How Older People Will Change the World

Older people are going to be the most influential force of change in our society for many years to come. Similar to the rise and impact of youth culture in the 1950s and 60s, the changing demographics of the UK will transform the places where we work and live.

It's Older People's Day (1 October 2013), so time to celebrate the golden retirement years and campaign for better care homes? No. Actually, older people are going to be the most influential force of change in our society for many years to come. Similar to the rise and impact of youth culture in the 1950s and 60s, the changing demographics of the UK (along with most of the developed world) will transform the places where we work and live. What's needed today is a spark in awareness of the positive ways in which increasing numbers of skilled and knowledgeable older people will impact on all our lives - and how employers, businesses and governments can benefit.

Helping people to stay in work for longer is a critical part of the change. The lifting of the default retirement age is a clear sign of the government's view on the importance of older people to the economy. Older employees will help with safeguarding pension provision; employers get the chance to keep hold of valuable experience, and more older people will be able to take advantage of the money and other benefits from being in work. Will this keep younger people out of the workforce? There is no evidence of this. In fact the opposite is true. If organisations are more successful - thanks to the contributions of older workers - this can mean more jobs for people of all ages. Extending working life by just 18 months is estimated to contribute £15billion to the UK economy.

But, of course, working longer is not what everyone wants to do, or can do. For some older people there will be a choice. But for others staying in work may, given the present economic climate, be a necessity. Whatever happens employers will need to be more ready to adapt offices and workplaces and their working practices in order to suit the needs of more older workers. This means more workplaces with an age-friendly culture that offer more flexible working hours and work breaks (for caring duties for example). Workplaces must reflect a change in attitudes that increasingly recognises older employees as an asset - rather than people who are 'winding down' and of diminishing value. Linked to this is the requirement (now embodied in the legislation) that such equality of older people in the workforce means equal access to training opportunities, career progression and the like. And on a practical level it means more assistive technologies in the workplace to help everyone make better use of IT, give better access to buildings, etc.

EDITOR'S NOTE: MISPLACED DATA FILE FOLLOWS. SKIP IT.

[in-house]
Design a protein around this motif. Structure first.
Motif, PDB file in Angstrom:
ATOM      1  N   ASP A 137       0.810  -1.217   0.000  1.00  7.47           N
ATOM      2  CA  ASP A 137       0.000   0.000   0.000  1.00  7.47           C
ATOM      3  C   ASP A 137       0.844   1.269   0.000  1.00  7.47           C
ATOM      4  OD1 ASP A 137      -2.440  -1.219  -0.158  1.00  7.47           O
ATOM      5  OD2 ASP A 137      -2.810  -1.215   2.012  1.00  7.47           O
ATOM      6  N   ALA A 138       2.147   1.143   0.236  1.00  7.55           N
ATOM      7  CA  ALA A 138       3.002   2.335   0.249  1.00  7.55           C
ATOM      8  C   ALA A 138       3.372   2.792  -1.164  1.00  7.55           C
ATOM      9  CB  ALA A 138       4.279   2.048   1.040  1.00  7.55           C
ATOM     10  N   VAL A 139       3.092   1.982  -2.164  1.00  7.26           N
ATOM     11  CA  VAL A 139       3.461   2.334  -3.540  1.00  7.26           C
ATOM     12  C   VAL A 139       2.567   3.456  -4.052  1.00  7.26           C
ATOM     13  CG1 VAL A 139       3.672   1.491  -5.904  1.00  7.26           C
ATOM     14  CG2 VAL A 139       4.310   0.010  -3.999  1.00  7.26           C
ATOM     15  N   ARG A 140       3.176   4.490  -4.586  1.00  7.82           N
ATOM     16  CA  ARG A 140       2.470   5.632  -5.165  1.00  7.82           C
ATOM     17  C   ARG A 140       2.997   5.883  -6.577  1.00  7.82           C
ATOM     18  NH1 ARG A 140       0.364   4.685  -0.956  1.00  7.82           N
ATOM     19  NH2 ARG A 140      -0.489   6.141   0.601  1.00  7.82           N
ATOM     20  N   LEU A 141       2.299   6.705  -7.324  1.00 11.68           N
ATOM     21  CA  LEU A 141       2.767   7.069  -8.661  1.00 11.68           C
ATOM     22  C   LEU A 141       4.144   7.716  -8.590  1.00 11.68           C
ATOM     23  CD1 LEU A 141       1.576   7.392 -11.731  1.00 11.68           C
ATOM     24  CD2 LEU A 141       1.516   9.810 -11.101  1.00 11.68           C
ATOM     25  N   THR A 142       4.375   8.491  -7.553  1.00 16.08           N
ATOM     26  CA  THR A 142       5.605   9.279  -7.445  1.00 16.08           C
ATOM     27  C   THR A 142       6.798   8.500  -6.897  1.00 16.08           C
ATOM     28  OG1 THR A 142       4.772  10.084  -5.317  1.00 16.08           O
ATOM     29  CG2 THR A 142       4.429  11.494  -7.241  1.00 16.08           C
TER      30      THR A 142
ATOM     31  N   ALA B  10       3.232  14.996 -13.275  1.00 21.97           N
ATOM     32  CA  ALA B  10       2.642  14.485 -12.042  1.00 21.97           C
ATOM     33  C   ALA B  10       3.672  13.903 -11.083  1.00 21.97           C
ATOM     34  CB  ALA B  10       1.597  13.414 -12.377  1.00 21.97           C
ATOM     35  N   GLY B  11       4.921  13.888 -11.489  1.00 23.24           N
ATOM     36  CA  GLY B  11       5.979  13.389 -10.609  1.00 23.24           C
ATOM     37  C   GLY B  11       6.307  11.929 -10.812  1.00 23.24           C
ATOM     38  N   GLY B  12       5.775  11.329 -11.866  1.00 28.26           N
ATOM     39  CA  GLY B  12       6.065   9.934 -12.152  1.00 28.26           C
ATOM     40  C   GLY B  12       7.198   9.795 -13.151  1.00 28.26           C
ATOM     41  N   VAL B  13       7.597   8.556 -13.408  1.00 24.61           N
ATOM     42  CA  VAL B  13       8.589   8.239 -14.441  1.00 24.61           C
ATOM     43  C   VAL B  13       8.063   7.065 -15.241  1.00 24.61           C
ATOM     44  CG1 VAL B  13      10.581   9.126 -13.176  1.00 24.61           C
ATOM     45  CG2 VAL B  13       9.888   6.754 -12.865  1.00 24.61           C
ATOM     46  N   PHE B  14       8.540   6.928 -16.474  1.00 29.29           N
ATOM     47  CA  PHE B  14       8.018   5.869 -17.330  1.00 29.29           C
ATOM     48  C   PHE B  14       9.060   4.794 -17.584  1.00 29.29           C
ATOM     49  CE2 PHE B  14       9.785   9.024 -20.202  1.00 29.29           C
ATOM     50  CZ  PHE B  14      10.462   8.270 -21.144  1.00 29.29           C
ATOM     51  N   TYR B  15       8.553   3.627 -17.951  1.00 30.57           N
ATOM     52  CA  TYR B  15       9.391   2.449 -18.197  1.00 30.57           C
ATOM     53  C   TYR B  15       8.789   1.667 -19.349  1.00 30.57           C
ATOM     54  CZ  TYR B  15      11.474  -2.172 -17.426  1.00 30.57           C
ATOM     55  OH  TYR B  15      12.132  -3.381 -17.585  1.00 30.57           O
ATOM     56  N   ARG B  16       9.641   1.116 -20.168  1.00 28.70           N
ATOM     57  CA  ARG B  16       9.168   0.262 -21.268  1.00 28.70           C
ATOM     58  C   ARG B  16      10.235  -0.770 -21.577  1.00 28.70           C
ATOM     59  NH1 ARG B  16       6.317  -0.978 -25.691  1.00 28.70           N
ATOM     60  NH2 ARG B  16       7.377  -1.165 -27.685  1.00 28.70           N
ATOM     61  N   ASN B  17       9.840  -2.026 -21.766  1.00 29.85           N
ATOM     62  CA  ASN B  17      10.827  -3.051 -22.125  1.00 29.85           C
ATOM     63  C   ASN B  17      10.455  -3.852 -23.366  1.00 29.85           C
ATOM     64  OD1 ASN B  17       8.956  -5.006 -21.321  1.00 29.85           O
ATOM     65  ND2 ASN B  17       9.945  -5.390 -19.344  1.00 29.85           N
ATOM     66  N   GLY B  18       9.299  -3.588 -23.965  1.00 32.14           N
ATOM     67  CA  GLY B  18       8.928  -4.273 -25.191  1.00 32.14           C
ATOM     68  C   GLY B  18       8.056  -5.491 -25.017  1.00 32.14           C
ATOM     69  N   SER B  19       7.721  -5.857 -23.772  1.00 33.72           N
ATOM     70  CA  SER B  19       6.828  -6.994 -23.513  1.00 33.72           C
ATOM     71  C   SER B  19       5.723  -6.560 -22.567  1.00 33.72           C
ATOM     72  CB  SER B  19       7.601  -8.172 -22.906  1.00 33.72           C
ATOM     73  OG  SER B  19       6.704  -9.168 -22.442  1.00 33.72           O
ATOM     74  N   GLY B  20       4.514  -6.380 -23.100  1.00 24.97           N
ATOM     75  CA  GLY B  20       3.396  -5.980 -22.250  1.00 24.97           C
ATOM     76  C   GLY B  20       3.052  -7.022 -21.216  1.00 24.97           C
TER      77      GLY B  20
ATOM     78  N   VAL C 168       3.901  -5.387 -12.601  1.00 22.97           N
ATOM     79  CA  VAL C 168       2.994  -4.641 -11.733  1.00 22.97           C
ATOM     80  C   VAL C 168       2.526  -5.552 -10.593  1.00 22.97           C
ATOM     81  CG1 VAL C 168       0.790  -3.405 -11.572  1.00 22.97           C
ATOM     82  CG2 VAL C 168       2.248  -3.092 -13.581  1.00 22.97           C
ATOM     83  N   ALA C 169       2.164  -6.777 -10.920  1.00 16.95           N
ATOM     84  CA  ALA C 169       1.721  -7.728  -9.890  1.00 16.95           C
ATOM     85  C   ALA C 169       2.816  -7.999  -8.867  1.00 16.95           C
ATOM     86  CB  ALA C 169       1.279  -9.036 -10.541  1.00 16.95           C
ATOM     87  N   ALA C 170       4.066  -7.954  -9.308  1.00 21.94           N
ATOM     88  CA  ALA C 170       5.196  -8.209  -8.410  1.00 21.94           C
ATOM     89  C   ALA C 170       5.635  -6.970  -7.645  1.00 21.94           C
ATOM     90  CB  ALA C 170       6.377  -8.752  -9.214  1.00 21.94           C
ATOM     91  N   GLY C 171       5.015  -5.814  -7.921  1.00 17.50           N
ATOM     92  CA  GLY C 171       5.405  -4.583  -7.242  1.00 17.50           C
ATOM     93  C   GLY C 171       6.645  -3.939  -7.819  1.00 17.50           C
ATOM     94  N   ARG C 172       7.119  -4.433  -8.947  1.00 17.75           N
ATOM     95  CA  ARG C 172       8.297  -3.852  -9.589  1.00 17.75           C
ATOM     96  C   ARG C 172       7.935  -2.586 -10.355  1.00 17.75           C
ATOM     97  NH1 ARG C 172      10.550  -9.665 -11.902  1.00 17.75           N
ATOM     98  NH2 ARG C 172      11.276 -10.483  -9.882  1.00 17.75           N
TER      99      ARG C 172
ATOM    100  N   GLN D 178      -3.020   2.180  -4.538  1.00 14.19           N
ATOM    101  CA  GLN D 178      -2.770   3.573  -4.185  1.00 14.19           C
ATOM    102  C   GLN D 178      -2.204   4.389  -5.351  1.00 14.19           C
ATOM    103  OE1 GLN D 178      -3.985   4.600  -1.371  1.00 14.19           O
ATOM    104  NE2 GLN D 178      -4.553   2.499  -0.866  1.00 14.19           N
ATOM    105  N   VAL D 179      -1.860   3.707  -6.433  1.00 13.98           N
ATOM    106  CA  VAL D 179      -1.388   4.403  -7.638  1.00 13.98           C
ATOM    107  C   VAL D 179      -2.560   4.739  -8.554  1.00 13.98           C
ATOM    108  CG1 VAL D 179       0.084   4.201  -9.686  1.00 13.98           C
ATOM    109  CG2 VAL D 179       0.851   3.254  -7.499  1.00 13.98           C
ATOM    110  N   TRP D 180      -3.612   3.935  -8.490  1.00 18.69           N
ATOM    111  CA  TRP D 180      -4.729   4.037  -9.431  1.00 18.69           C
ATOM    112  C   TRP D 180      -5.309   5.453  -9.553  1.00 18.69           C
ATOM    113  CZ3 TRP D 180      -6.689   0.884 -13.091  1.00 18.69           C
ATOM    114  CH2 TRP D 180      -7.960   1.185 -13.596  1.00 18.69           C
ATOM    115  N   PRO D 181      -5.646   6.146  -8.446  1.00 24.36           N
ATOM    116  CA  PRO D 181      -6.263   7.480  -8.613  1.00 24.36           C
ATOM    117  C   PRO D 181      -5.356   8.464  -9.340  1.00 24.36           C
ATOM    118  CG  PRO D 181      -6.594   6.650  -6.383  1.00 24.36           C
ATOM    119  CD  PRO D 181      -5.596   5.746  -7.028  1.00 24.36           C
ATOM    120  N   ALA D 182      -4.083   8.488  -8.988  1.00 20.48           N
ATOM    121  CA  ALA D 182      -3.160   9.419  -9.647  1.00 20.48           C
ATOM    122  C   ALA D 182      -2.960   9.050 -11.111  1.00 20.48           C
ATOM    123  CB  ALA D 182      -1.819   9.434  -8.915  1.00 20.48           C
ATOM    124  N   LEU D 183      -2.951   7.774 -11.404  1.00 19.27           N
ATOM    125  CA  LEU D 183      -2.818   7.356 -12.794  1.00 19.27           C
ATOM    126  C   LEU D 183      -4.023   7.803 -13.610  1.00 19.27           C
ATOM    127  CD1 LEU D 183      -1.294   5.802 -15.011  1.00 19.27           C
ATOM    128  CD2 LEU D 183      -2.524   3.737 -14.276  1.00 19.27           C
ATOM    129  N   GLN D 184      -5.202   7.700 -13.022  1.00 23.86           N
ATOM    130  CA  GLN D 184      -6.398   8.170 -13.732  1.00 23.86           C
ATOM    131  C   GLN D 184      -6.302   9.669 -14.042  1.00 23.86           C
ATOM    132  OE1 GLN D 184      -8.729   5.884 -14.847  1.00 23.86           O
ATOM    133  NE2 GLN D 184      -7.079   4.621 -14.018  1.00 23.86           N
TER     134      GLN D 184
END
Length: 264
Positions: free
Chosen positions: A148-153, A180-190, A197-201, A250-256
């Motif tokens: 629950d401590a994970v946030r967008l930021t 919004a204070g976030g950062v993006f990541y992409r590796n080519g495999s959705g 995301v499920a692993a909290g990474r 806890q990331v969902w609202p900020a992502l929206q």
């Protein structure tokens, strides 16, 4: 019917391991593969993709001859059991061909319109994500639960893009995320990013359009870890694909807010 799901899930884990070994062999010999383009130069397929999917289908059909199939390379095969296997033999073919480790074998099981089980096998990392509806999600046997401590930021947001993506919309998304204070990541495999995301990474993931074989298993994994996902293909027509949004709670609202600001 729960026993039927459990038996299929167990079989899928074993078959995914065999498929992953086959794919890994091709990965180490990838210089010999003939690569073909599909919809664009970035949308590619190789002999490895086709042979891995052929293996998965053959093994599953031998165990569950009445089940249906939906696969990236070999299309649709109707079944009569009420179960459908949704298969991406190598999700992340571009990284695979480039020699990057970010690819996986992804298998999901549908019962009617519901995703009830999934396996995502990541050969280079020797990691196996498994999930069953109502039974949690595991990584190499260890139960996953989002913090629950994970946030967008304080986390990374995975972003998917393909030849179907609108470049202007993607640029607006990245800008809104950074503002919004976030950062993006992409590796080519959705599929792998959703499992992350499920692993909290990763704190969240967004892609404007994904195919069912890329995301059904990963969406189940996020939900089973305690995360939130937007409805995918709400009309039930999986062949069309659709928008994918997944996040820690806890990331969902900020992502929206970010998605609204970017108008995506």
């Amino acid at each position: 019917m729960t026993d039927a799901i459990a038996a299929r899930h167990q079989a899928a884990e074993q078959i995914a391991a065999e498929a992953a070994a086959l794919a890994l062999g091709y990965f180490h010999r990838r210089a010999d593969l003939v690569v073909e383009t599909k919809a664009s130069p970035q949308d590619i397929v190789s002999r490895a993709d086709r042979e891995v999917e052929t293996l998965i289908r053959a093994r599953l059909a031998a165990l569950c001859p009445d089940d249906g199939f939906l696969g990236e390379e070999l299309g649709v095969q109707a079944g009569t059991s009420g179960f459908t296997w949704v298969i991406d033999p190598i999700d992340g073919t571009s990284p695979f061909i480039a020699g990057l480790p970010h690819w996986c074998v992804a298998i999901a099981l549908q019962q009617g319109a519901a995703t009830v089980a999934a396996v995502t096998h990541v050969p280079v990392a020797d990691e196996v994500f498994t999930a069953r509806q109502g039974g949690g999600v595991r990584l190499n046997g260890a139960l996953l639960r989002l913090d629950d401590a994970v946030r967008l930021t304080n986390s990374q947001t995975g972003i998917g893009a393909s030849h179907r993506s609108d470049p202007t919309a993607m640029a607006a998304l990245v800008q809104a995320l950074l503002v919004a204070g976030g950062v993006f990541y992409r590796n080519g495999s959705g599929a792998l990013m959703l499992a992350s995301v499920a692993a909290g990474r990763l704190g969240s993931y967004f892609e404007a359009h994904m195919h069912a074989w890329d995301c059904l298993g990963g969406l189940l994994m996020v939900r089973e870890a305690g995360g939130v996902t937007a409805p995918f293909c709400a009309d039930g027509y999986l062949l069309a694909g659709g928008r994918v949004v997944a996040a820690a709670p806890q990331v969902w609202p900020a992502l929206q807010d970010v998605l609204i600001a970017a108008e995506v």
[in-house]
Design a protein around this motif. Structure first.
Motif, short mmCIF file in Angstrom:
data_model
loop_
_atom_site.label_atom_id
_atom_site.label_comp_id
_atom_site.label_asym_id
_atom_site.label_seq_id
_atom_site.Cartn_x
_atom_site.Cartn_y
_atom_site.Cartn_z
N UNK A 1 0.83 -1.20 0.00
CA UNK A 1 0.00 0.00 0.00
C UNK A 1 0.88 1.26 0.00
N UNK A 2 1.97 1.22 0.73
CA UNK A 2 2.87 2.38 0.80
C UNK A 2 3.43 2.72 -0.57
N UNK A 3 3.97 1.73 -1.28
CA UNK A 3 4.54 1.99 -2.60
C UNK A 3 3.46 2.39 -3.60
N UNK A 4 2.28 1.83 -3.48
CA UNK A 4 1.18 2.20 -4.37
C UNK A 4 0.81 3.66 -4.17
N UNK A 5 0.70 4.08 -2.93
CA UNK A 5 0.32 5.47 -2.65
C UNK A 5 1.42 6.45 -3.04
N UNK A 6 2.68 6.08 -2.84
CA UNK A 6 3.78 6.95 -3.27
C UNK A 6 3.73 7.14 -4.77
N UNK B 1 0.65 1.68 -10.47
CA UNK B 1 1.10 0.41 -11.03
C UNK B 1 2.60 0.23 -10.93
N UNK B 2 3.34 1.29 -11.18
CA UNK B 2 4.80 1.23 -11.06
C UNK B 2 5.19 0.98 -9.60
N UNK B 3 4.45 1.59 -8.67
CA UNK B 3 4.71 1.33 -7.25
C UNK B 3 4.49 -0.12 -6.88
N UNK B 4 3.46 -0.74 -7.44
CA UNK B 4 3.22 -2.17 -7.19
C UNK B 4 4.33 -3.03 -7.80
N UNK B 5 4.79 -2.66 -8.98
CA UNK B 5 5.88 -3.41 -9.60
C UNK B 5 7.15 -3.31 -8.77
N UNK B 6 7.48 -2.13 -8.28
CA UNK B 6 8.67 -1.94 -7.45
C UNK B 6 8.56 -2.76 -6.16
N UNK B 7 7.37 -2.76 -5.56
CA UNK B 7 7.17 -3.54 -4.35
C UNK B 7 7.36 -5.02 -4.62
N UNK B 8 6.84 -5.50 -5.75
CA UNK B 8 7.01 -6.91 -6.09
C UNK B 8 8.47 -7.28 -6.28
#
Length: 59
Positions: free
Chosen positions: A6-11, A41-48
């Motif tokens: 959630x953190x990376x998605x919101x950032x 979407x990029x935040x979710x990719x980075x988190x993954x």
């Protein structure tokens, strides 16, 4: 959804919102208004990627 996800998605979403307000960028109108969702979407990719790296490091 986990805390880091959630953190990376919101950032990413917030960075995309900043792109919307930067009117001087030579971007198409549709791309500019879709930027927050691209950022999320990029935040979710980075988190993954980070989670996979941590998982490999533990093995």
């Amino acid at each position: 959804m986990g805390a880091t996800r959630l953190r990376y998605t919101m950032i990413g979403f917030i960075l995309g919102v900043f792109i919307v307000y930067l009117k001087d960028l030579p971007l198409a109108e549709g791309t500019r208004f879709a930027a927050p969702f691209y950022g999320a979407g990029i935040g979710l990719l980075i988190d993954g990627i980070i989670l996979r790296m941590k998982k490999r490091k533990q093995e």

Following from this, we need to think about the way in which our towns and cities can be made 'age-friendly'. The World Health Organisation started setting out guidelines for 'age-friendly cities' in 2005 and runs a related development programme. In practice this means we should be moving to higher standards of public transport; more pedestrianisation of public spaces; more affordable (and suitable) housing for older people who don't want to be looked after, and housing which is in city centres - close to the action rather than in suburbs with limited facilities; and more community and home-based care, health, and 'ablement' services. Of course any age-friendly city should be one that is designed for the benefit of all its citizens. It is far cheaper and easier to design future proof city spaces than to have to implement make-shift amendments after the event.

It must be remembered that older people are one of the fastest growing consumer groups. Their significance is only likely to increase - recognised by manufacturers and retailers in their marketing and use of media. Already 80% of the UK's wealth is owned by people over the age of 45 years. In the car industry for example, a huge new market is being eyed by manufacturers. In the US they expect the number of drivers age 70+ to triple in the next 20 years. Car design will need to evolve to suit the needs of this emerging market including easier forms of entry, and more active dashboard with a wider range of audible and visual prompts or warnings.

A useful reference point might be taken as the success of the Paralympics Games last year. This demonstrated beyond doubt what this country is good at. It challenged people to re-think disability and see a person's true potential. In the same way we hope that on Older People's Day we will begin to re-think some of our ideas about what it is to be old; to challenge some of the stereotypes and prejudices that exist in our society and recognize the true value of an individual regardless of age.

The picture outlined here only hints at the sheer variety of changes in our thinking that are needed. Many of those changes will involve the development of new products, services and opportunities for jobs. They will provide a kind of new impetus that our flagging economy desperately needs. An ageing society is still typically regarded by many as a source of problems. But it is only a problem if workplaces, design and attitudes do not evolve in response to the inevitable social changes coming.